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Lakers Are Own Worst Enemy

May 21, 2002|RICK MAJERUS

The Lakers met the enemy Monday night, and it was them.

The Kings played a much better game than the opener Saturday, but the Lakers were accomplices in that success.

Uncharacteristically, the Lakers fell for the fool's gold, the early J, the jump shot that tempted them early in the clock. So they yanked some up, all too many of them. Had they waited, two better things might have happened. They would have had a better look later in the clock, or they could have swung the ball a bit and gotten it into Shaq. They had that patience against San Antonio and they had it in the first game against Sacramento. This time, they didn't. The Lakers' shot selection was questionable, as was their shot allocation. This was a strange-looking triangle offense. They all thought they were the point of the attack, rather than part of the triangle. Especially Derek Fisher. Too many early shots, long launches before any offense or ball movement could begin.

Having said all that, the scary thing is, the Lakers nearly won.

Sacramento adjusted well. We said after the first game that they ran the same stuff too often, that their two-man game with Chris Webber and Mike Bibby to the left of the key was all they had and all they did. And we said the Lakers are too good, too veteran to not handle that kind of static attack easily. You don't need to have 31 flavors, but all Sacramento had Saturday was vanilla. You need at least four flavors, and this time the Kings had at least that many.

They re-picked at least two of the five times they set Monday night. They also picked in the backcourt, picked at the top of the key, they picked coming from the weak side and ran pick and rolls. When those didn't work the first time, they replaced and did it again.

Webber is crucial to what they do, and he had what I call a blended game. I think he read what Bill Plaschke wrote Monday morning, or he listened to what Bill Walton was saying about him on TV.

He established a low-post presence part of the time. He also made some jump shots. He took it to the rim and finished. He got some offensive rebounds and he got to the free-throw line a lot. Even if he isn't making his free throws, he's got to get there. If he is getting there, it's saying plenty about how aggressive he is playing.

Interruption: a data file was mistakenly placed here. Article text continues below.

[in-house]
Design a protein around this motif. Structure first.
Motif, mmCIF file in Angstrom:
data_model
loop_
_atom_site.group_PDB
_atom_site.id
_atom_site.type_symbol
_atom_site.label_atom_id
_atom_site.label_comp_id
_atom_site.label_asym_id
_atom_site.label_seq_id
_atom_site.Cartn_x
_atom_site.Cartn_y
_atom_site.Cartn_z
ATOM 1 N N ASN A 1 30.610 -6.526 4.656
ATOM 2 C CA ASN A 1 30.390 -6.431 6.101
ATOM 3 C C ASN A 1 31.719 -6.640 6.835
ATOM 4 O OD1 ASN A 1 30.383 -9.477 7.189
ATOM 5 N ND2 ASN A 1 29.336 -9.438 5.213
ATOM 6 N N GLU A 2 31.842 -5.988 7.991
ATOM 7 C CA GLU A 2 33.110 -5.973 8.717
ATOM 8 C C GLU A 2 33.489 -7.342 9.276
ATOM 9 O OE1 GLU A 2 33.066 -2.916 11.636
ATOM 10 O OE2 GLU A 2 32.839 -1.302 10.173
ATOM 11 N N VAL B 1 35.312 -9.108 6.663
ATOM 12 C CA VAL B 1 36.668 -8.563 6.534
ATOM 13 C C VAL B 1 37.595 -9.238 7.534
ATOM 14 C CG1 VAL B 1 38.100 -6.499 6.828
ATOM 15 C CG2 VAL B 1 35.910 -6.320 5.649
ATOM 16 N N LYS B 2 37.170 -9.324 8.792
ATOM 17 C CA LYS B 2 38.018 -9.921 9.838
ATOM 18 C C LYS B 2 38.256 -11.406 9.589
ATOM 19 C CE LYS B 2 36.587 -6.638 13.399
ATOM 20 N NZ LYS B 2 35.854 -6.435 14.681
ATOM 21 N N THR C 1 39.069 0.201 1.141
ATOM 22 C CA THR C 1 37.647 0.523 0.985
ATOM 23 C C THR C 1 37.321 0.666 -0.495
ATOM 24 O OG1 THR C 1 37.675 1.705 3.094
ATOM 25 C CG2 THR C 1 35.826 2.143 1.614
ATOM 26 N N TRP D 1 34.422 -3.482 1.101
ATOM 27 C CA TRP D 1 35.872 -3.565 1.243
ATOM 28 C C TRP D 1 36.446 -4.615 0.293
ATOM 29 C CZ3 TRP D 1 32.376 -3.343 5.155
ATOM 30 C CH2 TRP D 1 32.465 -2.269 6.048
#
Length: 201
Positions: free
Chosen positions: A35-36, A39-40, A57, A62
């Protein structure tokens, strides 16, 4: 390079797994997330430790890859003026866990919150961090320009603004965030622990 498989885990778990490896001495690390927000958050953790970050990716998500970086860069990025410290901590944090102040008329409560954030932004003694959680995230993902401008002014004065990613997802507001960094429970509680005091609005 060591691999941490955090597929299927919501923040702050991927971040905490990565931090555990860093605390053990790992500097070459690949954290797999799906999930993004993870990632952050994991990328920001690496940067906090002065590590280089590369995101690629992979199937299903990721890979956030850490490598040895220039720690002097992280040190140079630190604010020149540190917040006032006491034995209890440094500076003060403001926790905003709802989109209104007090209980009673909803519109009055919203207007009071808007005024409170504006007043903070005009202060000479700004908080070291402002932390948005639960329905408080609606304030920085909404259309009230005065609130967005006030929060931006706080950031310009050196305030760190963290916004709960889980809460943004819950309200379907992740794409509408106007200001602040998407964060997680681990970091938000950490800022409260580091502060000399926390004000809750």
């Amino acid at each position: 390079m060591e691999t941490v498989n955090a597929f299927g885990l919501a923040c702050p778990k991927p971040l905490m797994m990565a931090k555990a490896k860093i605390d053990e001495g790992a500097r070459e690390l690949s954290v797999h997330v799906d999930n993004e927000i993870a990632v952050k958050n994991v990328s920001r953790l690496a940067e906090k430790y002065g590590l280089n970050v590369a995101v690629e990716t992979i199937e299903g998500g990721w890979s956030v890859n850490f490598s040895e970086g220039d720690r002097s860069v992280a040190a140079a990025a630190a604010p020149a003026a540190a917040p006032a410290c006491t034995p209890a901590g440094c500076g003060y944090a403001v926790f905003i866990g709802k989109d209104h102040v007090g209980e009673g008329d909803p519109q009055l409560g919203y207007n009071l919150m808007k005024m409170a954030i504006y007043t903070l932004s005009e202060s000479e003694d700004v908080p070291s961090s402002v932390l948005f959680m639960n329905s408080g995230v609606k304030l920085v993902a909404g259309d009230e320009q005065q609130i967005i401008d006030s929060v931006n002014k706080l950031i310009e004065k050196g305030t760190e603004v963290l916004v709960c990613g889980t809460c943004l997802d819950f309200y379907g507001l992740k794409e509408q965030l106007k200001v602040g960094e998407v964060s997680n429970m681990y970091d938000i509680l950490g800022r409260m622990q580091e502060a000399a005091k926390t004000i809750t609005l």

Two plays by the Kings were characteristic of the good game they had.

At the start of the fourth quarter, Scot Pollard set the backcourt pick that freed Bobby Jackson to go all the way for a key layup. In Game 1, the Lakers slowed the Kings down with backcourt pressure. This time, Pollard helped relieve that.

Then, right after that, Pollard made a tip-in of a miss by Jackson. Great movement, when the Kings were really building the lead, and they needed every point they had at the end.

The Kings also forced Shaq to be much more active, to work much harder, than in the first game. Their big players need to come across the floor and set picks. That makes Shaq come with them to defend.

The main differences in this game and the first were that the Lakers weren't the Lakers. Instead of passing and rotating and being patient, they played as individuals. The other difference was that Sacramento wasn't so predictable. The Kings changed the angles of their picks, they tried new ones, they threw some change-ups with the fastballs.

And they decided one more thing: That they were not going to let the role players--Fisher, Lindsey Hunter, Rick Fox--beat them. Were they successful? Fisher had four points, Fox 10, Hunter zero.

You be the judge.


Rick Majerus, Utah basketball coach, will be The Times' guest analyst on the Lakers for the rest of the playoffs. Majerus, the fourth-winningest active coach in major college basketball, will begin his 14th season at Utah this fall.

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